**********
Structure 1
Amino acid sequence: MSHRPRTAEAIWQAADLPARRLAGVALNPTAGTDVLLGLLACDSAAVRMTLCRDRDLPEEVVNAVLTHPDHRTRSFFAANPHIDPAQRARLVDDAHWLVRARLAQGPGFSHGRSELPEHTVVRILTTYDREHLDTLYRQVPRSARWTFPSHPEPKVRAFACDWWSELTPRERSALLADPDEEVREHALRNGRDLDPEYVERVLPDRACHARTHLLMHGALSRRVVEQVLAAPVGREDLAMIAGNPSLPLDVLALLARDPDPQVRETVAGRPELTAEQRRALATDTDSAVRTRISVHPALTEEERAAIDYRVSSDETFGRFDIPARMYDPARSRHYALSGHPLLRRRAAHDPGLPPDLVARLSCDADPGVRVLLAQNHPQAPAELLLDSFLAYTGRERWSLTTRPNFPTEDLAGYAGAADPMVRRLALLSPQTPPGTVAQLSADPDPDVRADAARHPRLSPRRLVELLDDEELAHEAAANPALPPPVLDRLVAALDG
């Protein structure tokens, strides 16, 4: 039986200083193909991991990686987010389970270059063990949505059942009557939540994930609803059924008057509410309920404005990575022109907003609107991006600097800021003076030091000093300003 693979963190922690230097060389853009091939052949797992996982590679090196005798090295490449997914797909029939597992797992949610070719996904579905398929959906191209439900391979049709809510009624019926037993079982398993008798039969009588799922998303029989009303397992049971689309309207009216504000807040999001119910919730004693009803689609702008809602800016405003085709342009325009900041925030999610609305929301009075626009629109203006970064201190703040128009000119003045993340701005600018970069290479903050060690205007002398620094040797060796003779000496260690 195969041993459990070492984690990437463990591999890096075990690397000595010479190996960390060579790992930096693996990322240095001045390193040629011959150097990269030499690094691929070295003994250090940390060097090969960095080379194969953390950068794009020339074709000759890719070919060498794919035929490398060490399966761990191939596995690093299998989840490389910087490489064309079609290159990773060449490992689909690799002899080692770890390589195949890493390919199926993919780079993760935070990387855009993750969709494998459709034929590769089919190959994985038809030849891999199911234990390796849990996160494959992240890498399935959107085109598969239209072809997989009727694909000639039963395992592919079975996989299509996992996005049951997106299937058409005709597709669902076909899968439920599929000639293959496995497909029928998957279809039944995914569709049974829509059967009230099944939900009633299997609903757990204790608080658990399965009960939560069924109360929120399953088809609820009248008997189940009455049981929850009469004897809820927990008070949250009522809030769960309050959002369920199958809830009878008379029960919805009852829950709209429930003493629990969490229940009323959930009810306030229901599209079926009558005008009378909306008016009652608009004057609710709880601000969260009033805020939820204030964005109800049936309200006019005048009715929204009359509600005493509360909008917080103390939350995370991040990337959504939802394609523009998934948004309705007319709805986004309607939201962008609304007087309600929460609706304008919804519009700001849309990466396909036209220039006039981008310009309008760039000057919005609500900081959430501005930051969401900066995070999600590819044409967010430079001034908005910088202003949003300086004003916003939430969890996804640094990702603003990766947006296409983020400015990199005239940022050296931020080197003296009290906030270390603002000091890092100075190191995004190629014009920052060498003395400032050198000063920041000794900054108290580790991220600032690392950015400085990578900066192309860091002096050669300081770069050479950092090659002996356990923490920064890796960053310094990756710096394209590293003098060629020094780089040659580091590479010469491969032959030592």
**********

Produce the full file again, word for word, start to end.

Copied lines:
Structure 1
Amino acid sequence: MSHRPRTAEAIWQAADLPARRLAGVALNPTAGTDVLLGLLACDSAAVRMTLCRDRDLPEEVVNAVLTHPDHRTRSFFAANPHIDPAQRARLVDDAHWLVRARLAQGPGFSHGRSELPEHTVVRILTTYDREHLDTLYRQVPRSARWTFPSHPEPKVRAFACDWWSELTPRERSALLADPDEEVREHALRNGRDLDPEYVERVLPDRACHARTHLLMHGALSRRVVEQVLAAPVGREDLAMIAGNPSLPLDVLALLARDPDPQVRETVAGRPELTAEQRRALATDTDSAVRTRISVHPALTEEERAAIDYRVSSDETFGRFDIPARMYDPARSRHYALSGHPLLRRRAAHDPGLPPDLVARLSCDADPGVRVLLAQNHPQAPAELLLDSFLAYTGRERWSLTTRPNFPTEDLAGYAGAADPMVRRLALLSPQTPPGTVAQLSADPDPDVRADAARHPRLSPRRLVELLDDEELAHEAAANPALPPPVLDRLVAALDG
């Protein structure tokens, strides 16, 4: 039986200083193909991991990686987010389970270059063990949505059942009557939540994930609803059924008057509410309920404005990575022109907003609107991006600097800021003076030091000093300003 693979963190922690230097060389853009091939052949797992996982590679090196005798090295490449997914797909029939597992797992949610070719996904579905398929959906191209439900391979049709809510009624019926037993079982398993008798039969009588799922998303029989009303397992049971689309309207009216504000807040999001119910919730004693009803689609702008809602800016405003085709342009325009900041925030999610609305929301009075626009629109203006970064201190703040128009000119003045993340701005600018970069290479903050060690205007002398620094040797060796003779000496260690 195969041993459990070492984690990437463990591999890096075990690397000595010479190996960390060579790992930096693996990322240095001045390193040629011959150097990269030499690094691929070295003994250090940390060097090969960095080379194969953390950068794009020339074709000759890719070919060498794919035929490398060490399966761990191939596995690093299998989840490389910087490489064309079609290159990773060449490992689909690799002899080692770890390589195949890493390919199926993919780079993760935070990387855009993750969709494998459709034929590769089919190959994985038809030849891999199911234990390796849990996160494959992240890498399935959107085109598969239209072809997989009727694909000639039963395992592919079975996989299509996992996005049951997106299937058409005709597709669902076909899968439920599929000639293959496995497909029928998957279809039944995914569709049974829509059967009230099944939900009633299997609903757990204790608080658990399965009960939560069924109360929120399953088809609820009248008997189940009455049981929850009469004897809820927990008070949250009522809030769960309050959002369920199958809830009878008379029960919805009852829950709209429930003493629990969490229940009323959930009810306030229901599209079926009558005008009378909306008016009652608009004057609710709880601000969260009033805020939820204030964005109800049936309200006019005048009715929204009359509600005493509360909008917080103390939350995370991040990337959504939802394609523009998934948004309705007319709805986004309607939201962008609304007087309600929460609706304008919804519009700001849309990466396909036209220039006039981008310009309008760039000057919005609500900081959430501005930051969401900066995070999600590819044409967010430079001034908005910088202003949003300086004003916003939430969890996804640094990702603003990766947006296409983020400015990199005239940022050296931020080197003296009290906030270390603002000091890092100075190191995004190629014009920052060498003395400032050198000063920041000794900054108290580790991220600032690392950015400085990578900066192309860091002096050669300081770069050479950092090659002996356990923490920064890796960053310094990756710096394209590293003098060629020094780089040659580091590479010469491969032959030592």